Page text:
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5 Event Management Mistakes You Should Avoid

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Events can help you develop lasting relations, promote products or changes in your business model, increase employee motivation or even increase brand loyalty by quite a margin. Still, this only goes for organizing a successful event. Failing to do so can be ineffective or, worse yet, reveal flaws in your organization that the general public didn’t even know existed. In order not to allow this to happen, there are several mistakes that you need to avoid. Here are five of them.

1.      Underestimating costs

In order to start an event, you need to secure the venue, acquire adequate equipment, deal with the setup, promotion and registration and all of this is bound to cost you. Therefore, what you need is to make a budget and understand that the costs of the event will probably surpass it; however, they won’t be lower than the figure you get upon making the calculation. In other words, while in some instances it may be somewhat discouraging, overestimating the costs is definitely safer than underestimating them.

2.      Failing to develop an agenda

One of the biggest mistakes you could ever make when organizing an event is forgetting to outline the goals that you want to achieve by organizing this event in the first place. Regardless if your aim is to raise funds, raise awareness, popularize your brand or create an environment in which you can develop your network, the successfulness of an event depends on its ability to help you achieve these goals. After all, it’s impossible for you to tell if the event was a success or not, if you don’t have the right metrics and the right reference point to base this on.

3.      Bad communication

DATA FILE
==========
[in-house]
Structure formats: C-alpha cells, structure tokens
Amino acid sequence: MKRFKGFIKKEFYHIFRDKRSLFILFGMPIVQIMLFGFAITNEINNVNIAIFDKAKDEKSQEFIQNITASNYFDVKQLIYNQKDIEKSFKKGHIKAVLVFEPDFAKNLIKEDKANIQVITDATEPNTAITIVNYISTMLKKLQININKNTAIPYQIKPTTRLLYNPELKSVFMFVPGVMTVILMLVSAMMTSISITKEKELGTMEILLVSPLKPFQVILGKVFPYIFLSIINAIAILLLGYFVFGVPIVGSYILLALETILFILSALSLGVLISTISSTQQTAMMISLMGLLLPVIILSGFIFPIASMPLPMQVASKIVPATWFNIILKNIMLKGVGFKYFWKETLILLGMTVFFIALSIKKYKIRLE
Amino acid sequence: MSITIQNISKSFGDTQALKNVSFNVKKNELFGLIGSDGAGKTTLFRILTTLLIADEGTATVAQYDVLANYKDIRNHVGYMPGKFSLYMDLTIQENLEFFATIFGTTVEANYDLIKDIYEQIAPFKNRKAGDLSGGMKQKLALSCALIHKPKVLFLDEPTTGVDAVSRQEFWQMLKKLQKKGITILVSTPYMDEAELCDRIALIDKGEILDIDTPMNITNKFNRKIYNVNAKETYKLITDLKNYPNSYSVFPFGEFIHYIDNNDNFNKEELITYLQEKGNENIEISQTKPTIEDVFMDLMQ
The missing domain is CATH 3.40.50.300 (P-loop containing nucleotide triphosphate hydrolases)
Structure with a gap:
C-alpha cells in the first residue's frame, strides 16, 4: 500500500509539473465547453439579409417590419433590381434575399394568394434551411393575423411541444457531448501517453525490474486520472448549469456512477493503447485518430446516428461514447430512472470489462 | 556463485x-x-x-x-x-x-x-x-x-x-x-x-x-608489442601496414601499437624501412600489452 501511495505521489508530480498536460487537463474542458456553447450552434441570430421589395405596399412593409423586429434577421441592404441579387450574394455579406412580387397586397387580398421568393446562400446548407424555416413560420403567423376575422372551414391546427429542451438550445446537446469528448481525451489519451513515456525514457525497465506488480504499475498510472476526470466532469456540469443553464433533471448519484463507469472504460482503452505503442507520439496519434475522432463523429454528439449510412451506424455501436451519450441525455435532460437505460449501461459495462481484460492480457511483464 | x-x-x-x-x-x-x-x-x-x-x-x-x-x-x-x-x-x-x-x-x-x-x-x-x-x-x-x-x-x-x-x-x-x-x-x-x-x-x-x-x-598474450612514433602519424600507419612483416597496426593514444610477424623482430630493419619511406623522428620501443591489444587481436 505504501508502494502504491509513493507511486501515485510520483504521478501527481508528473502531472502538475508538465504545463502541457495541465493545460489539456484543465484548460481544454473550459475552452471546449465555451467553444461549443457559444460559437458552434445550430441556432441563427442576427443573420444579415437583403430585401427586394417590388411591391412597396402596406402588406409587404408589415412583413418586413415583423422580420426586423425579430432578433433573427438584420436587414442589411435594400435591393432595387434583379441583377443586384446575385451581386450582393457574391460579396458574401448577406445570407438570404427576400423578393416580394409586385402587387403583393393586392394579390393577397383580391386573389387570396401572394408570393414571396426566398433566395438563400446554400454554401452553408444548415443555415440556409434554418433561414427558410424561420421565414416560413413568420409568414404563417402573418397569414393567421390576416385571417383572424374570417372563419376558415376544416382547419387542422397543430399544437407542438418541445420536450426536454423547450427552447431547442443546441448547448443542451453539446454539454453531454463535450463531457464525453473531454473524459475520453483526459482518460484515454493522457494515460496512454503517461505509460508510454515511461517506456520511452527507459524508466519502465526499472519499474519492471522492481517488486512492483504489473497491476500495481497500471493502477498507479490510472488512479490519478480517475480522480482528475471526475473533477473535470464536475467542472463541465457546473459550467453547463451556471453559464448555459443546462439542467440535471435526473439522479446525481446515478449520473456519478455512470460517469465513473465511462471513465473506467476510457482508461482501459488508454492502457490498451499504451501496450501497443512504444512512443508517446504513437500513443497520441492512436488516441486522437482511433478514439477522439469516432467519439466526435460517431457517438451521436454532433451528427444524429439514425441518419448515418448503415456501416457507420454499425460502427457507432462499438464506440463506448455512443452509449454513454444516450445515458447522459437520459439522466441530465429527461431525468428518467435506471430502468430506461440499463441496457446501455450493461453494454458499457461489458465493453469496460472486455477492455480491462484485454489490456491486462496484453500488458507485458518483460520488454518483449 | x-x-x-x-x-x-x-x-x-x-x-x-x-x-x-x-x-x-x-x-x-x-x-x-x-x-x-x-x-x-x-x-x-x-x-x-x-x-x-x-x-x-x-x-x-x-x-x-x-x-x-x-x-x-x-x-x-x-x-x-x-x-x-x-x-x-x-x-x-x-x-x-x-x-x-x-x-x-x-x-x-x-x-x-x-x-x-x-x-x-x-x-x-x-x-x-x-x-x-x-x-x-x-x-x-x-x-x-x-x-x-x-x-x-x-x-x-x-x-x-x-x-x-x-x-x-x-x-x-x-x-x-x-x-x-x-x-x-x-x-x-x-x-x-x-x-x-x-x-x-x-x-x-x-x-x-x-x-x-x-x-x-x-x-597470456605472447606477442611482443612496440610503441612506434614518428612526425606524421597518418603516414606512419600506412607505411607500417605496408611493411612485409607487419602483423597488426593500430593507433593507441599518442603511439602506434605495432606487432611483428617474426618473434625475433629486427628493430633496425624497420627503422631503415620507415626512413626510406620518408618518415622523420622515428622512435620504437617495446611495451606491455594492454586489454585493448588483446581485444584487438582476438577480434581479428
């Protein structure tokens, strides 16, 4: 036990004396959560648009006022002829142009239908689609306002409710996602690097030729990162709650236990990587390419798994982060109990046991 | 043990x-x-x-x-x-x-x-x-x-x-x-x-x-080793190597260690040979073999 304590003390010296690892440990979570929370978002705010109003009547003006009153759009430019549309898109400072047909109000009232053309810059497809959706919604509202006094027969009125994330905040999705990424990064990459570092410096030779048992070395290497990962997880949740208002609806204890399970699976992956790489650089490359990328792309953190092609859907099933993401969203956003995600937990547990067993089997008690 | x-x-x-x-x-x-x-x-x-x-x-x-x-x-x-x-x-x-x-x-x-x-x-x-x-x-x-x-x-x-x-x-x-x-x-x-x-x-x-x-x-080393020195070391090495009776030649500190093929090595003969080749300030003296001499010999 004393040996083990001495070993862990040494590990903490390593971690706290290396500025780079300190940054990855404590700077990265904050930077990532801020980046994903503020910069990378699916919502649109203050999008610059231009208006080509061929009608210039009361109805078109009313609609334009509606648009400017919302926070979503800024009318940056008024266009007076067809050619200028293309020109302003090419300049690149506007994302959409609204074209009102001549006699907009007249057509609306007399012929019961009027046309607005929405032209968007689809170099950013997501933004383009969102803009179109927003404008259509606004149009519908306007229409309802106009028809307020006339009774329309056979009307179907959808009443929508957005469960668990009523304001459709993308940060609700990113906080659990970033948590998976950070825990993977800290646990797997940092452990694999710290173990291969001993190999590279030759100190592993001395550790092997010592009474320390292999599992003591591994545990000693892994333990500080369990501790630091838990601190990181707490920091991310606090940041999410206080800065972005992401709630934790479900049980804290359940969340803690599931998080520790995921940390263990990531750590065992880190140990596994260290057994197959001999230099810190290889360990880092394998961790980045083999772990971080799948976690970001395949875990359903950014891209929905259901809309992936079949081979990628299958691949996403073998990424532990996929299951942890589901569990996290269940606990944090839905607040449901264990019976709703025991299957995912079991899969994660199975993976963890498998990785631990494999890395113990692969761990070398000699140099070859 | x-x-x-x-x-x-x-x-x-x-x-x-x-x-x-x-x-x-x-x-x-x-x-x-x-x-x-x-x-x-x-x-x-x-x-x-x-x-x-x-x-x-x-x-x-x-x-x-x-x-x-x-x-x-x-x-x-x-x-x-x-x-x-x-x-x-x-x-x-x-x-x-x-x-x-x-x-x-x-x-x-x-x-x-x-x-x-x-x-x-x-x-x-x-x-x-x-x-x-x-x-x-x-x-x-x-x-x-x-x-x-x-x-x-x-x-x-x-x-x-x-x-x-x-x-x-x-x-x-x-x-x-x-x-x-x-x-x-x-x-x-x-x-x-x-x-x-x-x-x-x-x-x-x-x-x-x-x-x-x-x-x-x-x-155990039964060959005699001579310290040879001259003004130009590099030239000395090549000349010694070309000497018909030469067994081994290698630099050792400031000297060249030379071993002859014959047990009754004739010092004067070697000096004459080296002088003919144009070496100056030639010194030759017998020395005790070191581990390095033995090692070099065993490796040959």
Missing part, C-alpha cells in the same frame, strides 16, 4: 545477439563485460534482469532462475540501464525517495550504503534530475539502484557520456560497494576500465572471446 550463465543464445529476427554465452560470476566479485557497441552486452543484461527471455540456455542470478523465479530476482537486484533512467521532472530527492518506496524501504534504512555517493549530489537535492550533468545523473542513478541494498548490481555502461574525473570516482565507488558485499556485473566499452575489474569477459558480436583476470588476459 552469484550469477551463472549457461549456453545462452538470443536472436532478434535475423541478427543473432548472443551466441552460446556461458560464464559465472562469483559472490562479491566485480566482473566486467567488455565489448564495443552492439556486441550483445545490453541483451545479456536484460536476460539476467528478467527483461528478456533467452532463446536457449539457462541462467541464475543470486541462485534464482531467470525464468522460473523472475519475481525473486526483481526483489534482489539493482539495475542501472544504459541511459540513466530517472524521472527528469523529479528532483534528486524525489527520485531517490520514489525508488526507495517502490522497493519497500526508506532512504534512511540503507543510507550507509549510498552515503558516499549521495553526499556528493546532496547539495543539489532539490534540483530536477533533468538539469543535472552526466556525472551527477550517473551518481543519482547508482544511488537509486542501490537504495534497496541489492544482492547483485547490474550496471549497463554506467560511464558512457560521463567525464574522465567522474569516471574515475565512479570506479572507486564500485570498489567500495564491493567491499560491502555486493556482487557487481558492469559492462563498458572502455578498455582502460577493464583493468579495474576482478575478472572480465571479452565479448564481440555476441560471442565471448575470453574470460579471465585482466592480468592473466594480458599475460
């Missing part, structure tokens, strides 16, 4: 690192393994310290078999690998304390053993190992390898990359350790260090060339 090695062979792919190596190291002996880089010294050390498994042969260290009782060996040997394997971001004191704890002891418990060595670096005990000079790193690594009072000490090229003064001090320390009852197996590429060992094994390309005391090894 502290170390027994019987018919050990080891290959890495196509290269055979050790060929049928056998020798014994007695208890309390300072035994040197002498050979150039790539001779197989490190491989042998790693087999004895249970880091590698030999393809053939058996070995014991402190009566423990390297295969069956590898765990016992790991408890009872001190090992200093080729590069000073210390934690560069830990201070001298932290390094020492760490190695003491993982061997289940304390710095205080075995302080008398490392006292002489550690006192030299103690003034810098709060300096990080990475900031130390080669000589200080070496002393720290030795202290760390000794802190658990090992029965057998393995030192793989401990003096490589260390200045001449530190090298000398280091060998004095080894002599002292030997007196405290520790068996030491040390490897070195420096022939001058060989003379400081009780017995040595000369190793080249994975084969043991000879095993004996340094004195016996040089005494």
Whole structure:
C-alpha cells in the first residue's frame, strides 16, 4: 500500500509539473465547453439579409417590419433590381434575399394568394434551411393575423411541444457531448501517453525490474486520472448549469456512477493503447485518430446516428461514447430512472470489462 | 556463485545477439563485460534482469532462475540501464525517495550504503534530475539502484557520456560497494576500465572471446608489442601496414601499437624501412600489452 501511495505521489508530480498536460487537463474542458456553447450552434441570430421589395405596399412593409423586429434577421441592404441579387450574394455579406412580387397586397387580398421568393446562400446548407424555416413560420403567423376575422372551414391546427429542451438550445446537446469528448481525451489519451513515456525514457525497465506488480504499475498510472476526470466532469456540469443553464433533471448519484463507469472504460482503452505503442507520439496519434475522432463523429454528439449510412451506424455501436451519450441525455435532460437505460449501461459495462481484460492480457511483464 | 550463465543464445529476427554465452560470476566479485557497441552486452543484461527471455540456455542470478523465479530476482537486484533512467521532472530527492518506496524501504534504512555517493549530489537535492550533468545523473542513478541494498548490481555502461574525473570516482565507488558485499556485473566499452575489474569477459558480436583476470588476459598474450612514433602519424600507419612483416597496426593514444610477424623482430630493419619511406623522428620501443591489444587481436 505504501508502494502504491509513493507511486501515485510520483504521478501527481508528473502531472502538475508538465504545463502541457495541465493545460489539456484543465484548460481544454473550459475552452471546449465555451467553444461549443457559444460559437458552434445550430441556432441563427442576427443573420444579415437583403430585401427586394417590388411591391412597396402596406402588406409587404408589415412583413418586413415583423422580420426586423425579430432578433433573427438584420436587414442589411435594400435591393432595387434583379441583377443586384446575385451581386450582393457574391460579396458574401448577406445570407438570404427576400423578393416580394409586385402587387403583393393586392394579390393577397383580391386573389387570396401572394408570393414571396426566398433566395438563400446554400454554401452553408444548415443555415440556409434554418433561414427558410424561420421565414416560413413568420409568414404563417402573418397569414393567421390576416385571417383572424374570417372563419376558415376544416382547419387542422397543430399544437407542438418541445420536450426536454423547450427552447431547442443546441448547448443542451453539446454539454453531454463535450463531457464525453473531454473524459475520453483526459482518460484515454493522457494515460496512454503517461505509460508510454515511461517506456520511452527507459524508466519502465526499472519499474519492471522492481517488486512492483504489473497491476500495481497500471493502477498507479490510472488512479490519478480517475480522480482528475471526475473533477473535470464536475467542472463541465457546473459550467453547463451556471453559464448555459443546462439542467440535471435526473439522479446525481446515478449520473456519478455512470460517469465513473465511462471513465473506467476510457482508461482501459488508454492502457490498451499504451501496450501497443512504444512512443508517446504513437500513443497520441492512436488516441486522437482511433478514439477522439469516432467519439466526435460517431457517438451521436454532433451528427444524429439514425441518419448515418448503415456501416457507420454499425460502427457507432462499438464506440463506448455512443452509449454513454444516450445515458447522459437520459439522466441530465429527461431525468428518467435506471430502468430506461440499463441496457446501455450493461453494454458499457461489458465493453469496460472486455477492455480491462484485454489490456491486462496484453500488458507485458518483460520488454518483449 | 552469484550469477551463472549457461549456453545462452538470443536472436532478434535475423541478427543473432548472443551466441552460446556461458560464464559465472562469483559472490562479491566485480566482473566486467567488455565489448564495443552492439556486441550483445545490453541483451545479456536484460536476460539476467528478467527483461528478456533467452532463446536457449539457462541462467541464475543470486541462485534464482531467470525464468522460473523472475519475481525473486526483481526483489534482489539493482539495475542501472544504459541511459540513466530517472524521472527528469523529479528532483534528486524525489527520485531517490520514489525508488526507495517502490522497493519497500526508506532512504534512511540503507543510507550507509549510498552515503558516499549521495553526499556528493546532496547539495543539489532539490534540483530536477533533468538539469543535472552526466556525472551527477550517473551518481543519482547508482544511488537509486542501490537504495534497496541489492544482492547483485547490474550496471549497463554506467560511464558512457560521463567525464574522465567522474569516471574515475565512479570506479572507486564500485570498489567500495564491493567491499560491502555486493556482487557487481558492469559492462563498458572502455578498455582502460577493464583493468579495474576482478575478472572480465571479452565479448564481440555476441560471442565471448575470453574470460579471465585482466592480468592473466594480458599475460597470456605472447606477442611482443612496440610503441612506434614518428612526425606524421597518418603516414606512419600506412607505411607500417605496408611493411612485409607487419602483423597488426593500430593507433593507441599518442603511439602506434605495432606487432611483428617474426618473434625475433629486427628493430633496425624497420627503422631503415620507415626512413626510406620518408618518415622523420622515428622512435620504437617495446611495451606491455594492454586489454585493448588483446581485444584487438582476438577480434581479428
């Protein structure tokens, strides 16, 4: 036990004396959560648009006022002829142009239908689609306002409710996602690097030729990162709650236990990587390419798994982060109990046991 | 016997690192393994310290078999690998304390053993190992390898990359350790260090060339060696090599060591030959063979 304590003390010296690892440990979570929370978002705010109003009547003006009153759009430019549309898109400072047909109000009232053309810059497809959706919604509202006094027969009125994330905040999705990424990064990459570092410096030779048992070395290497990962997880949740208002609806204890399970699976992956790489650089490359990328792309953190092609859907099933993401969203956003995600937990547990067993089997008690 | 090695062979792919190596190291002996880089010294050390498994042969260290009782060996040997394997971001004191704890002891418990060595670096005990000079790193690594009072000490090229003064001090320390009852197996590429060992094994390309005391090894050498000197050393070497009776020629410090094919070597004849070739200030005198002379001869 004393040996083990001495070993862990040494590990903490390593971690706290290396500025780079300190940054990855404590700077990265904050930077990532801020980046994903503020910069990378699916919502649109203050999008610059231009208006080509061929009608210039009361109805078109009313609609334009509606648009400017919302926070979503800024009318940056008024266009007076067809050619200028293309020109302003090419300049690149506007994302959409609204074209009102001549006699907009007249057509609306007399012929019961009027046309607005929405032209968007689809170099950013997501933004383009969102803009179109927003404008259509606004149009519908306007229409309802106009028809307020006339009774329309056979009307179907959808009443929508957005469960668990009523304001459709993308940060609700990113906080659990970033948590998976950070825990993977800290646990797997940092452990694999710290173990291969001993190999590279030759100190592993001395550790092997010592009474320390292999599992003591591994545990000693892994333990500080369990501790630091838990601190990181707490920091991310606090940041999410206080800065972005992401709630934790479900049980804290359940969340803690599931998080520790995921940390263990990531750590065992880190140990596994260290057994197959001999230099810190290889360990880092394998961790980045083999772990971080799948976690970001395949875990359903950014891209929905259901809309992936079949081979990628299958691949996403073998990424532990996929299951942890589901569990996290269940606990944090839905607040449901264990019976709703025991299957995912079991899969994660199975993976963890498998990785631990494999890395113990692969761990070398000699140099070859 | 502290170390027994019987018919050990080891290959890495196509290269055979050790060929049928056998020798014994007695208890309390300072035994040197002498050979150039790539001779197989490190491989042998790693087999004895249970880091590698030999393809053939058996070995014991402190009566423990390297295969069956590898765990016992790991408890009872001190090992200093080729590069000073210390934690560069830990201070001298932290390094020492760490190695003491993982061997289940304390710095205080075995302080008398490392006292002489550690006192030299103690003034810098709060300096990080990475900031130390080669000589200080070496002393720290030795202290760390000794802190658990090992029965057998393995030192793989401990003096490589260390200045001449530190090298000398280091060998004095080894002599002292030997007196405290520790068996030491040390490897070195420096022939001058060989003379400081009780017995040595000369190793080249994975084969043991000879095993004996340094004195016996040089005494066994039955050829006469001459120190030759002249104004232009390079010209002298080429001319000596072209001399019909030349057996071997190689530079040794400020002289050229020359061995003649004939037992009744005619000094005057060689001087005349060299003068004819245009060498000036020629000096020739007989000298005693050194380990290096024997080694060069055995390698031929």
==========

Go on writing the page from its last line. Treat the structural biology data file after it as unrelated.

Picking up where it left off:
The next problem you need to figure out the way around is the issue of bad communication. There are so many parties involved in the event and if any one of them fails, the entire event could end up a disaster. For instance, a mistake in communication with the owner of the venue that you intend to use for the event could have catastrophic consequences, same as a mistake in communication with suppliers or the invitees. This is why more and more businesses decide to go with a specialized event management company so that they could minimize the chance of this happening.

4.      Starting with promotion too early or too late

Hype is one of the most important factors in the success of any event. This means that if you start a promotion too early or too late, you risk missing out on a massive opportunity. You see, if it is done too far in advance, your audience will build a certain amount of hype but after being at a pinnacle for a while, this hype will start declining. Now, there’s no rule as to how early you should start promoting an event. The general consensus is that 6 weeks before an event is more than enough, yet, it all depends on the size of the event, the type of the event and the price of tickets. Sometimes, giving potential attendees a bit more time may drastically increase the attendance.

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5.      Not being adaptable enough

Things don’t always go as planned and anyone who has ever tried to organize an event knows exactly how much truth there is to Murphy’s Law. Things will definitely go wrong, yet, to what degree and in which fields, you can never know for sure. Just make sure that you’re properly managing your resources, that you’ve given yourself enough time to plan and execute everything and that you’ve entrusted (delegated) tasks to all the right people.


The important thing about these mistakes lies in the fact that if you don’t figure out just how harmful they are the first time around, you’re bound to keep repeating them over and over again. This is mostly due to the fact that you’re bound to organize a number of these events in the future, which means that knowing what to avoid is a handy thing to focus on.

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dan.radak Dan Radak is a marketing professional with eleven years of experience. He is a coauthor on several websites and regular contributor to BizzMark Blog. Currently, he is working with a number of companies in the field of digital marketing, closely collaborating with a couple of e-commerce companies.
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